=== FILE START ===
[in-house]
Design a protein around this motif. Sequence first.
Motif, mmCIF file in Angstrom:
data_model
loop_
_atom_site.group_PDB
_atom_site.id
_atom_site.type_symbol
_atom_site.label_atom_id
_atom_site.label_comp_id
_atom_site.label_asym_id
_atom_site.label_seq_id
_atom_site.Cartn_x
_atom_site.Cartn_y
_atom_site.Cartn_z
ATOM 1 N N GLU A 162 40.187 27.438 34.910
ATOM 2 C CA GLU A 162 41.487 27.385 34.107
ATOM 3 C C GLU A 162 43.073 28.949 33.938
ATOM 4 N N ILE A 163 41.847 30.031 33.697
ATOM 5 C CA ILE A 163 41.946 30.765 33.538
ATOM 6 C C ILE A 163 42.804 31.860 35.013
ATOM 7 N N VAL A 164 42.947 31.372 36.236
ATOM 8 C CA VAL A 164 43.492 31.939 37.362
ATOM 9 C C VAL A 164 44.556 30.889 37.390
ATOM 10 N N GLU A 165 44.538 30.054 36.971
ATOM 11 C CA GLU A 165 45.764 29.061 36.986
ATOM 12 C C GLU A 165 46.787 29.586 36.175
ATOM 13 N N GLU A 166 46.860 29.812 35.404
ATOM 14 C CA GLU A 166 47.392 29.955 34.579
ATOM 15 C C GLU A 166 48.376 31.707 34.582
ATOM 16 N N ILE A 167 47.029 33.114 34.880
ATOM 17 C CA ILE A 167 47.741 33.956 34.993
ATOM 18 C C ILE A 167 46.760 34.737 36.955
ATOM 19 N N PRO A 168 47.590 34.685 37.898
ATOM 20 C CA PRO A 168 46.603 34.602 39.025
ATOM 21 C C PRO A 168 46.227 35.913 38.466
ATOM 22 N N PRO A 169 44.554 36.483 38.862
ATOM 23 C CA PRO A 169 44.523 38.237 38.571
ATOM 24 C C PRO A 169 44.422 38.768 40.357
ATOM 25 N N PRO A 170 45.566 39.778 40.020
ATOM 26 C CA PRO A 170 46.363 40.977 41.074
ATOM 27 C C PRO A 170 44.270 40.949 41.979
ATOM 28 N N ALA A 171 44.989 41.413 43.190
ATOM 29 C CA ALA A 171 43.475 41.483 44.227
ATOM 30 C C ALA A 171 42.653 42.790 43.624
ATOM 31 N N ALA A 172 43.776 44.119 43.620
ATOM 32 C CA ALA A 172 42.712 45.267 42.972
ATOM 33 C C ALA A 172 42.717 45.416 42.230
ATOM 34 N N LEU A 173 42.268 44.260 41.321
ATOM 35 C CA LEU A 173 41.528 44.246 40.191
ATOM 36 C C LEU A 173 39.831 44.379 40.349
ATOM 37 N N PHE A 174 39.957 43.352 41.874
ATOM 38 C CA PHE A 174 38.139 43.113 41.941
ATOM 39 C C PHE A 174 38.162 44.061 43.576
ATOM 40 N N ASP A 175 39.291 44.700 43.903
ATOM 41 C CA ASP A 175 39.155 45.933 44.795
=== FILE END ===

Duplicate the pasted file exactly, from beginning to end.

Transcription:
[in-house]
Design a protein around this motif. Sequence first.
Motif, mmCIF file in Angstrom:
data_model
loop_
_atom_site.group_PDB
_atom_site.id
_atom_site.type_symbol
_atom_site.label_atom_id
_atom_site.label_comp_id
_atom_site.label_asym_id
_atom_site.label_seq_id
_atom_site.Cartn_x
_atom_site.Cartn_y
_atom_site.Cartn_z
ATOM 1 N N GLU A 162 40.187 27.438 34.910
ATOM 2 C CA GLU A 162 41.487 27.385 34.107
ATOM 3 C C GLU A 162 43.073 28.949 33.938
ATOM 4 N N ILE A 163 41.847 30.031 33.697
ATOM 5 C CA ILE A 163 41.946 30.765 33.538
ATOM 6 C C ILE A 163 42.804 31.860 35.013
ATOM 7 N N VAL A 164 42.947 31.372 36.236
ATOM 8 C CA VAL A 164 43.492 31.939 37.362
ATOM 9 C C VAL A 164 44.556 30.889 37.390
ATOM 10 N N GLU A 165 44.538 30.054 36.971
ATOM 11 C CA GLU A 165 45.764 29.061 36.986
ATOM 12 C C GLU A 165 46.787 29.586 36.175
ATOM 13 N N GLU A 166 46.860 29.812 35.404
ATOM 14 C CA GLU A 166 47.392 29.955 34.579
ATOM 15 C C GLU A 166 48.376 31.707 34.582
ATOM 16 N N ILE A 167 47.029 33.114 34.880
ATOM 17 C CA ILE A 167 47.741 33.956 34.993
ATOM 18 C C ILE A 167 46.760 34.737 36.955
ATOM 19 N N PRO A 168 47.590 34.685 37.898
ATOM 20 C CA PRO A 168 46.603 34.602 39.025
ATOM 21 C C PRO A 168 46.227 35.913 38.466
ATOM 22 N N PRO A 169 44.554 36.483 38.862
ATOM 23 C CA PRO A 169 44.523 38.237 38.571
ATOM 24 C C PRO A 169 44.422 38.768 40.357
ATOM 25 N N PRO A 170 45.566 39.778 40.020
ATOM 26 C CA PRO A 170 46.363 40.977 41.074
ATOM 27 C C PRO A 170 44.270 40.949 41.979
ATOM 28 N N ALA A 171 44.989 41.413 43.190
ATOM 29 C CA ALA A 171 43.475 41.483 44.227
ATOM 30 C C ALA A 171 42.653 42.790 43.624
ATOM 31 N N ALA A 172 43.776 44.119 43.620
ATOM 32 C CA ALA A 172 42.712 45.267 42.972
ATOM 33 C C ALA A 172 42.717 45.416 42.230
ATOM 34 N N LEU A 173 42.268 44.260 41.321
ATOM 35 C CA LEU A 173 41.528 44.246 40.191
ATOM 36 C C LEU A 173 39.831 44.379 40.349
ATOM 37 N N PHE A 174 39.957 43.352 41.874
ATOM 38 C CA PHE A 174 38.139 43.113 41.941
ATOM 39 C C PHE A 174 38.162 44.061 43.576
ATOM 40 N N ASP A 175 39.291 44.700 43.903
ATOM 41 C CA ASP A 175 39.155 45.933 44.795